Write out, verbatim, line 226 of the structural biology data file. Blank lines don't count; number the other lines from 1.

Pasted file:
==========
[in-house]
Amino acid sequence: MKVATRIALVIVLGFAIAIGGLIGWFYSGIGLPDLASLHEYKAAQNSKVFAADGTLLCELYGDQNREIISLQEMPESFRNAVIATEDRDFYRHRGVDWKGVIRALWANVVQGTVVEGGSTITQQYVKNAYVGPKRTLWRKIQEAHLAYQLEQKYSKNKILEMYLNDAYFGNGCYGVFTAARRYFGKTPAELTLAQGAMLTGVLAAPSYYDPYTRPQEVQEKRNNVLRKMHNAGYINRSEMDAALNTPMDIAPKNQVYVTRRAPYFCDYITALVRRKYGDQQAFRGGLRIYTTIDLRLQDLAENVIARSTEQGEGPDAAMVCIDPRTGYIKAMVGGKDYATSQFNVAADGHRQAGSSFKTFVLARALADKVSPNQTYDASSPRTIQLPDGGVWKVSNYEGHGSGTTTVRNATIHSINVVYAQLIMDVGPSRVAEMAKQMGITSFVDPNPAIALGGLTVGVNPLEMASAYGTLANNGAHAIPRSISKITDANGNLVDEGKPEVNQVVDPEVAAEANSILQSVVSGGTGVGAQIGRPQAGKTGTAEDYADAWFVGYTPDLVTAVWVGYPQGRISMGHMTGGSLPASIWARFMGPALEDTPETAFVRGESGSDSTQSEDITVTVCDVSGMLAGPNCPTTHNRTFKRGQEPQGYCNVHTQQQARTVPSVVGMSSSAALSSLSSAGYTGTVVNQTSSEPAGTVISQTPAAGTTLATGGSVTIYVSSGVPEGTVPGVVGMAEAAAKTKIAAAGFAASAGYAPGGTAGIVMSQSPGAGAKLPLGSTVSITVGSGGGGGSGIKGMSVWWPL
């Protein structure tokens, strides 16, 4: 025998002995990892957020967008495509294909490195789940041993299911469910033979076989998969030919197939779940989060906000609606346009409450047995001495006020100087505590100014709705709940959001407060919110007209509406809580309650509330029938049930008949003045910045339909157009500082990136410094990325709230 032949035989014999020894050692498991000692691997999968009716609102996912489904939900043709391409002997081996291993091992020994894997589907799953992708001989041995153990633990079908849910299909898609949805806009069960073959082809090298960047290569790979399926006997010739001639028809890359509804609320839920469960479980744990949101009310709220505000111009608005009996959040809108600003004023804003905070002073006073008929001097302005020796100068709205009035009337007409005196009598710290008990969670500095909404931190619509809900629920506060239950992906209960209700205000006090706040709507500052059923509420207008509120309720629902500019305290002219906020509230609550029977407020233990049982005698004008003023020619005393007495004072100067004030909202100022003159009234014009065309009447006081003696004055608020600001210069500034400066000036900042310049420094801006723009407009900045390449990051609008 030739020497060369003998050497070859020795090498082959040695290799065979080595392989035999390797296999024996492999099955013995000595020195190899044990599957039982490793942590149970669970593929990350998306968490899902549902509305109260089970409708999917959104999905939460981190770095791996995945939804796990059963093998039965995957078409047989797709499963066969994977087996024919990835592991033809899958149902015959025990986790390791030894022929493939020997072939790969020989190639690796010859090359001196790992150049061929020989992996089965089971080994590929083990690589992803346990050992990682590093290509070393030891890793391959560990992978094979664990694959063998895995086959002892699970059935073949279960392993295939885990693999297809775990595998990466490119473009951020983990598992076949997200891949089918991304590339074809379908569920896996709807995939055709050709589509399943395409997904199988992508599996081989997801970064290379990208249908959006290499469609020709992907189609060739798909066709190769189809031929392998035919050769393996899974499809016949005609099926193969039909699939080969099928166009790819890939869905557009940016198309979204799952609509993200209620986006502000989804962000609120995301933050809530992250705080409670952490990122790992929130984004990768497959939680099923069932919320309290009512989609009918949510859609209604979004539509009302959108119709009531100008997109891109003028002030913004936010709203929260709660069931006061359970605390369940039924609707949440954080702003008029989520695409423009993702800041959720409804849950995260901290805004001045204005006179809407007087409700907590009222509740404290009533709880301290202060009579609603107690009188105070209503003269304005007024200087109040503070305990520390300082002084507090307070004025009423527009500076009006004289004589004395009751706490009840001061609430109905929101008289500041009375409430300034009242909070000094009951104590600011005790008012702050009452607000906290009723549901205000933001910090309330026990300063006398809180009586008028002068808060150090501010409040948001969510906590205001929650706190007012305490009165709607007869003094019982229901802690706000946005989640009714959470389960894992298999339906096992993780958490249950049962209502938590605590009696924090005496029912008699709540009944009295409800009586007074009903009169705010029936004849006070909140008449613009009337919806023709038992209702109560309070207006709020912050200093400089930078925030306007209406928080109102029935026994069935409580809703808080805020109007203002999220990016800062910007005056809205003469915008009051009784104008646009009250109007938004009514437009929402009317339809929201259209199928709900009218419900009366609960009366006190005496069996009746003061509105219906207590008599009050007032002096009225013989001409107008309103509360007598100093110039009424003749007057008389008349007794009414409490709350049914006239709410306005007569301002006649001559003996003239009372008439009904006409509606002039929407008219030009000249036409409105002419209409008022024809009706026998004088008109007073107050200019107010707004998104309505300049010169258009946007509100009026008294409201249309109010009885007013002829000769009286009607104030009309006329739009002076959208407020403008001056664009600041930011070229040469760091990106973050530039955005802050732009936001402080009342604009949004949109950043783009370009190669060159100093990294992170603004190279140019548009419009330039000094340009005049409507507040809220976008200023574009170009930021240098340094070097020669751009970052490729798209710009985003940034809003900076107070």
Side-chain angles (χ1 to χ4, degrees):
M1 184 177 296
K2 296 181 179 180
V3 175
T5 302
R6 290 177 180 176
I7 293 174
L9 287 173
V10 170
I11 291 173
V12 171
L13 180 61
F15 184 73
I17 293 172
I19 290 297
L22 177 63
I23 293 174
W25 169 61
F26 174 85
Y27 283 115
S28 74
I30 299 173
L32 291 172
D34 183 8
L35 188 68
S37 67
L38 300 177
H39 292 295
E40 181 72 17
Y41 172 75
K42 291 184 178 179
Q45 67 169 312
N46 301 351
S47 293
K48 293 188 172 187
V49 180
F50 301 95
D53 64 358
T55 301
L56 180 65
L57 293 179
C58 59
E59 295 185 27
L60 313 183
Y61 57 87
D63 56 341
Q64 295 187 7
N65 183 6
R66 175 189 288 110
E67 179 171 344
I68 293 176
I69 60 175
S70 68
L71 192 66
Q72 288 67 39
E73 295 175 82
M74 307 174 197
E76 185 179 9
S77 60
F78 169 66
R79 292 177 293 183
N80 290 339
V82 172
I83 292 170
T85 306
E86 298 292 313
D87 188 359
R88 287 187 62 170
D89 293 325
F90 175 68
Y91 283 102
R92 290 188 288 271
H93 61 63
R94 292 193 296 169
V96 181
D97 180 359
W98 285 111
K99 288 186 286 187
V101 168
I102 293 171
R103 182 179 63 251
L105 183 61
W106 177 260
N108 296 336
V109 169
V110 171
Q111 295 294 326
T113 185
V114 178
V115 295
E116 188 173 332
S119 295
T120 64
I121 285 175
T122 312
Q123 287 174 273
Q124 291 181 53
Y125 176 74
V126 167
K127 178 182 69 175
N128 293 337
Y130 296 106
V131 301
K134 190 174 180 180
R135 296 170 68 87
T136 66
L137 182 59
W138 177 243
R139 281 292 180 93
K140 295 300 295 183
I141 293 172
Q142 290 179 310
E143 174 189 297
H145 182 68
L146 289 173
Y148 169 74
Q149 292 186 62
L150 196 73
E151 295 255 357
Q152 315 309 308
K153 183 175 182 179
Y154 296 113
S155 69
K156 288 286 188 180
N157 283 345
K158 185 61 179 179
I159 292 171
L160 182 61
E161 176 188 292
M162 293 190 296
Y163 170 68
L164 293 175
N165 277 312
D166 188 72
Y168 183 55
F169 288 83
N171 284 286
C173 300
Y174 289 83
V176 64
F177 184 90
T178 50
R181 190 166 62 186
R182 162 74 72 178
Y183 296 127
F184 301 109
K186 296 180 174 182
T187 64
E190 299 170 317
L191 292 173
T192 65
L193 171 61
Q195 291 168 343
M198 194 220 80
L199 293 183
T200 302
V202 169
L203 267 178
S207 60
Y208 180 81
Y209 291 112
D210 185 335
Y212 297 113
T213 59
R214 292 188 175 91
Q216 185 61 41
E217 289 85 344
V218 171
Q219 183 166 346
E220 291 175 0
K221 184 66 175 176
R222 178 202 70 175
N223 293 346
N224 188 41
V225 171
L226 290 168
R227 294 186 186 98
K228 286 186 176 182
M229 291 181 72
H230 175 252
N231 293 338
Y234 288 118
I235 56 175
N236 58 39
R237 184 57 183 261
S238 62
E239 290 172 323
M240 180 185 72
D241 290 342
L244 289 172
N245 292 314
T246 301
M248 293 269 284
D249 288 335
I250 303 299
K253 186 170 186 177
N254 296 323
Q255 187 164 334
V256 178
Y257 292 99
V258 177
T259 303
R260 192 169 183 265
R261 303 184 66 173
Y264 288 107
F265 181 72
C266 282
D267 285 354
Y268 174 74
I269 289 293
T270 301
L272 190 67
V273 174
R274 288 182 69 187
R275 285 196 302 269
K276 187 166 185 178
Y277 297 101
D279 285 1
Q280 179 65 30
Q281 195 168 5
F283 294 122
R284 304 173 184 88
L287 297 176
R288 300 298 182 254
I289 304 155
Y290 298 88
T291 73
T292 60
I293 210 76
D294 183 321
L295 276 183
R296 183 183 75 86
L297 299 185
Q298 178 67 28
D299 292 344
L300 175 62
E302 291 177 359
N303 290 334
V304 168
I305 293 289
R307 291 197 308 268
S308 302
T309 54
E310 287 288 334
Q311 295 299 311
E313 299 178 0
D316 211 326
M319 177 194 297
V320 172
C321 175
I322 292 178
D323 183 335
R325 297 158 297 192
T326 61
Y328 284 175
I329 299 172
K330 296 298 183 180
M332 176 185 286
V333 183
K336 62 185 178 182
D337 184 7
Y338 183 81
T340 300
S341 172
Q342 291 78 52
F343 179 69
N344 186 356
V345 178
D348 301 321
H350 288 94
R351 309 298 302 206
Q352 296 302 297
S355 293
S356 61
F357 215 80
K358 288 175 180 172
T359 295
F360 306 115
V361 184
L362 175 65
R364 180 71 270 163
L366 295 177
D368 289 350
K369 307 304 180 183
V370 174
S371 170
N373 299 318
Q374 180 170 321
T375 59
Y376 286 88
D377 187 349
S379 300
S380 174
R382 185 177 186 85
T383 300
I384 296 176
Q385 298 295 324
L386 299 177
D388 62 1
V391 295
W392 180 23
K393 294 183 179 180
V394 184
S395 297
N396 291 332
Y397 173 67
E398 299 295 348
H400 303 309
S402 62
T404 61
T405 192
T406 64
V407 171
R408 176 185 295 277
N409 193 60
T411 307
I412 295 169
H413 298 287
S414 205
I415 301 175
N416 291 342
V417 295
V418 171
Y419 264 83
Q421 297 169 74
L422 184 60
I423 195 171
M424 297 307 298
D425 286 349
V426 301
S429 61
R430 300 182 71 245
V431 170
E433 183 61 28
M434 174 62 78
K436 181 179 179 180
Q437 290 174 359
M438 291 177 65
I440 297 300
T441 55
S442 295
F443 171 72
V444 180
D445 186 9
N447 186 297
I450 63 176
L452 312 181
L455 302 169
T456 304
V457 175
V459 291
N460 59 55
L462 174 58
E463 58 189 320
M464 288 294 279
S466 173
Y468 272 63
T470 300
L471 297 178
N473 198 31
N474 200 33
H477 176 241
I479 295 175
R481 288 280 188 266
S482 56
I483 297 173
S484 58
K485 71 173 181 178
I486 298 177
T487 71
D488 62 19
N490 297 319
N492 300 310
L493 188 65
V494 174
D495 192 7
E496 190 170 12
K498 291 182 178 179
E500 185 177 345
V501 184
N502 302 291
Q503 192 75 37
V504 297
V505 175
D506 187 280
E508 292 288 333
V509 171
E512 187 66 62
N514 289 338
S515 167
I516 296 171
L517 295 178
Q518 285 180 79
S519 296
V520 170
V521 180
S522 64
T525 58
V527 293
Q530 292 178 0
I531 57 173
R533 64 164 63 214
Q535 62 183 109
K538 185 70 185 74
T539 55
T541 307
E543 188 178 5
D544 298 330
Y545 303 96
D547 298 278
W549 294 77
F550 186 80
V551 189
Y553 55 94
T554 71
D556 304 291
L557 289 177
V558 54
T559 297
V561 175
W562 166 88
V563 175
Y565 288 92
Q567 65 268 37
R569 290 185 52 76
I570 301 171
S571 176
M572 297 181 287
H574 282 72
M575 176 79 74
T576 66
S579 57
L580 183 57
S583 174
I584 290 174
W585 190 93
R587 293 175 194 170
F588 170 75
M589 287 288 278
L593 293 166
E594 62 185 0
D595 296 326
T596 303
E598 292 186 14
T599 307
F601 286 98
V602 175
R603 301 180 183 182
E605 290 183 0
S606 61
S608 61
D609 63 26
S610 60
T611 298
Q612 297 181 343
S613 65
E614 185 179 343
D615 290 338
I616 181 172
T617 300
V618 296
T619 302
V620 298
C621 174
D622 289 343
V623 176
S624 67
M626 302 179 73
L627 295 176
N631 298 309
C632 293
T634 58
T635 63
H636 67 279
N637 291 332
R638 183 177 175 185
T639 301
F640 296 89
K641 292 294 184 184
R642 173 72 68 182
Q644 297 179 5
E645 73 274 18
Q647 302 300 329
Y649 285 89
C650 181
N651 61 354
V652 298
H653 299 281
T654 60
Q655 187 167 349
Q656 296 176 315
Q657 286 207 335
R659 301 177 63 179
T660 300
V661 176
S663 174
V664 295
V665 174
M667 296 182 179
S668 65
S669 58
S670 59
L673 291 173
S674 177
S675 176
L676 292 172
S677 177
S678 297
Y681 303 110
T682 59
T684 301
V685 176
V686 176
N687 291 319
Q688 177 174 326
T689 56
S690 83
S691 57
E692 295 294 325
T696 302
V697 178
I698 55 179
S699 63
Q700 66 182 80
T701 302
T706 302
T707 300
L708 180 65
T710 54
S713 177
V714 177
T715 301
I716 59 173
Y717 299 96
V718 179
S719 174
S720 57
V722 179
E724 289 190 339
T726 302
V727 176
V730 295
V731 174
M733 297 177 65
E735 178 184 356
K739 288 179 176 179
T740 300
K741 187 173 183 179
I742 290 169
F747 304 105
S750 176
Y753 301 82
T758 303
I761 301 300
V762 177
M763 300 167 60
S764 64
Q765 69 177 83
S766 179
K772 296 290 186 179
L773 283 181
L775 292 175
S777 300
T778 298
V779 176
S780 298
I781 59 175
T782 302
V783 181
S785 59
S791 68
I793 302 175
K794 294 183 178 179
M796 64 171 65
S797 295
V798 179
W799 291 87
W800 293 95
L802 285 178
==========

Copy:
L287 297 176